The two main forms of conference articles are papers and posters. The outline of a paper is identical to that of a scholarly article, with all the usual components of articles within the field. A poster is a single large sheet, where the contents of the article are presented as blocks of text, with illustrations. At the conference, posters may be displayed in printed form, or digitally, on screens.
At conferences, articles in paper format are usually showcased to a higher degree than poster articles. Conference contributions are published in official conference publications, known as conference proceedings or simply proceedings.
Scholars may present their research in a book written as a single unit (monograph), or as individual chapters in a collection of works (anthology) compiled by one or several editors. The publishing body behind the work can provide clues to whether the product is scholarly; many publishers issue academic titles only. When publishing an academic title, the author frequently enlists the help of colleagues during the process, as well as that of an editor appointed by the publisher. Scientific books usually do not undergo a peer review process. However, there are examples of peer review when issuing monographs, such as the titles published in collaboration with Kriterium; a platform for review, publication and dissemination of high-quality academic books.
A report is often part of a series, and serves as a current or final statement of a scholar’s ongoing or finished research. Reports are frequently produced at the request of organisations, government bodies or companies, and do not necessarily have any named authors.
In the public sector, many reports are produced with a pre-established publication frequency. Many authorities issue annual reports on the situation regarding a specific issue which is their responsibility; this includes the report series of the Swedish National Council for Crime Prevention, which lists reported crime on an annual basis. In other cases, reports are frequently produced as a way of gaining insight into a particular, current issue, often as a basis for, or evaluation of, legislation.
The outline and extent of these reports may vary a great deal. They are not necessarily structured in the same way as a scientific paper, but they sometimes are. A report frequently includes a final chapter with recommendations for some sort of future measures to be taken, such as new legislation. Reports do not undergo peer review, since the issuing body serves as a guarantee of their quality instead.
A working paper is an academic text of preliminary character. Working papers can be used as a method for obtaining feedback and work further on a text before it is submitted, for example to a scientific journal or a conference. At this later stage, the text is intended to be a journal article or a conference paper. Scholars who wish to quickly share their ideas or create a debate can achieve this by writing a working paper – many other types of publications are considerably slower.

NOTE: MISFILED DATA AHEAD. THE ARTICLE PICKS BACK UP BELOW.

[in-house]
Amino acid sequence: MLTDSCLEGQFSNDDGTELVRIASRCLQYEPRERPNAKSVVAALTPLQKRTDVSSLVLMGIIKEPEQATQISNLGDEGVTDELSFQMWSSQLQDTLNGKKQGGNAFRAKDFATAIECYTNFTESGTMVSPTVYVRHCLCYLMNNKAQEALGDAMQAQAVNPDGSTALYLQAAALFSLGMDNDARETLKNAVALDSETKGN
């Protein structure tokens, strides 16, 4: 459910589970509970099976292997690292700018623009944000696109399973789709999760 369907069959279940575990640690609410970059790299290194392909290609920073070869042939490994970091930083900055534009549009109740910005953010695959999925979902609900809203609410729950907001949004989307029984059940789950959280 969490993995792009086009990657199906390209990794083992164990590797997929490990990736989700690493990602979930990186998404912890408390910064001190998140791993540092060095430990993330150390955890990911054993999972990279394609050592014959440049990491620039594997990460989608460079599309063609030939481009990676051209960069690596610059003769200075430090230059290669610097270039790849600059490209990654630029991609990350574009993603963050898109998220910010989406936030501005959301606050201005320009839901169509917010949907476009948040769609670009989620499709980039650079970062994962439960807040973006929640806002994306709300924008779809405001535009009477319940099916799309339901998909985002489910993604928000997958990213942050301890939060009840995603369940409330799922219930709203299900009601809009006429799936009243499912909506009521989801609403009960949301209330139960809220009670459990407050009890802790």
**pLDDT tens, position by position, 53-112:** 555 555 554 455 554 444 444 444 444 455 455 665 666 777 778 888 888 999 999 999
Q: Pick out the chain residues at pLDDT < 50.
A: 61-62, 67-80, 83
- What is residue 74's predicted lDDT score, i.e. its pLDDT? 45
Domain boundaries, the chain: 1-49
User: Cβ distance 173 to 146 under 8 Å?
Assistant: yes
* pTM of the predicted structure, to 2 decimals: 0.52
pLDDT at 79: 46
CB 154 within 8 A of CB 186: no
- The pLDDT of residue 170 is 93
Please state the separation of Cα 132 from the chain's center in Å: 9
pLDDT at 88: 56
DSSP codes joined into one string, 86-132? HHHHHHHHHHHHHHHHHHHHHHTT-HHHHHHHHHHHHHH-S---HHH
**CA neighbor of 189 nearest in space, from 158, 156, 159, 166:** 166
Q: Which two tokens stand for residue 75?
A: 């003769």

Within certain fields, working papers serve as the foundation of presentations held at open conferences. There are many different kinds of working papers, and this type of publication is sometimes called a “discussion paper”, among other terms.
The scientific journal and paper
Scientific journals can be found within all fields, and they mainly contain scientific papers. The scientific papers are reviewed before their potential publication. The process is known as peer review and is carried out by experts within the given field. The experts assess whether the article maintains a high scientific quality, and whether it should be published. Some articles are selected for immediate publication, while others are immediately rejected. In some cases, the author may receive a list of things that must be reviewed before the article can be accepted for publication.
Scientific journals may contain several different types of papers:
Original papers (primary publications)
These describe the result of a research study (in the form of empirical studies) for the first time.
Critical evaluations of several previously published studies. This includes meta analyses, where the result of several studies can be used (for example) to examine the value of a treatment for a specific illnes.
Aims to develop new theories, based on already existing research.
This term refers to fraudulent scholarly journals, which are often open access publications. Predatory journals make money from charging publication fees from authors, without providing a peer review process or other services normally involved in publication. Through unsolicited marketing, they attempt to earn a profit from scholars eager to disseminate their findings. If you wish to check whether an open access journal is legit, you may start by browsing the Directory of Open Access Journals and the Web of Science's Master Journal List – if you find the journal here, the articles in it are very likely to have undergone the quality control of a peer review process.
How to identify a scientific paper
The construction and outline of scientific papers vary depending on the field. Original papers should be structured so that they present the research process in a transparent manner. A frequently recommended structure is the IMRaD (Introduction, Materials & methods, Results and Discussion). These notions may be used as headings in a paper, but this is not always the case.